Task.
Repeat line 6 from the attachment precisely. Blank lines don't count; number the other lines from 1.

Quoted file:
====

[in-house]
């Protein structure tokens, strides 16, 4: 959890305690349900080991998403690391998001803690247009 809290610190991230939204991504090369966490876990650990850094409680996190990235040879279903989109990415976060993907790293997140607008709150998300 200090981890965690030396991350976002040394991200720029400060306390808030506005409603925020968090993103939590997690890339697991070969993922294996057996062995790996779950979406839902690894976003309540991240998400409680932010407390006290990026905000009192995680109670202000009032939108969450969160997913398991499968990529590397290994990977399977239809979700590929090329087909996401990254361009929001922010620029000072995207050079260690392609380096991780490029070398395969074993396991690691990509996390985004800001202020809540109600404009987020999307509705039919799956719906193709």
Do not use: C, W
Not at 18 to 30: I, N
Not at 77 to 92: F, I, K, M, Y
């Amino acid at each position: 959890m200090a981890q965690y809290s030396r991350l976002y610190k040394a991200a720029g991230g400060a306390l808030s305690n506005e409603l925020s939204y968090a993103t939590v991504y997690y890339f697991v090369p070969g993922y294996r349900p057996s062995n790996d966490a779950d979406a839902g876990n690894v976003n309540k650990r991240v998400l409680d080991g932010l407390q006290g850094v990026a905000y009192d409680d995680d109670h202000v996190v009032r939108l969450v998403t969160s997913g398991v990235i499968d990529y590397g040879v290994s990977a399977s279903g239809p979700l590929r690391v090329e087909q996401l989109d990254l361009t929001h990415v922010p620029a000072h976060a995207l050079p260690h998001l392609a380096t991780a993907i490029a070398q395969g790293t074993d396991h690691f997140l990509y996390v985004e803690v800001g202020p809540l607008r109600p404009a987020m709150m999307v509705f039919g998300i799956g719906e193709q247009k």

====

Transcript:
């Amino acid at each position: 959890m200090a981890q965690y809290s030396r991350l976002y610190k040394a991200a720029g991230g400060a306390l808030s305690n506005e409603l925020s939204y968090a993103t939590v991504y997690y890339f697991v090369p070969g993922y294996r349900p057996s062995n790996d966490a779950d979406a839902g876990n690894v976003n309540k650990r991240v998400l409680d080991g932010l407390q006290g850094v990026a905000y009192d409680d995680d109670h202000v996190v009032r939108l969450v998403t969160s997913g398991v990235i499968d990529y590397g040879v290994s990977a399977s279903g239809p979700l590929r690391v090329e087909q996401l989109d990254l361009t929001h990415v922010p620029a000072h976060a995207l050079p260690h998001l392609a380096t991780a993907i490029a070398q395969g790293t074993d396991h690691f997140l990509y996390v985004e803690v800001g202020p809540l607008r109600p404009a987020m709150m999307v509705f039919g998300i799956g719906e193709q247009k």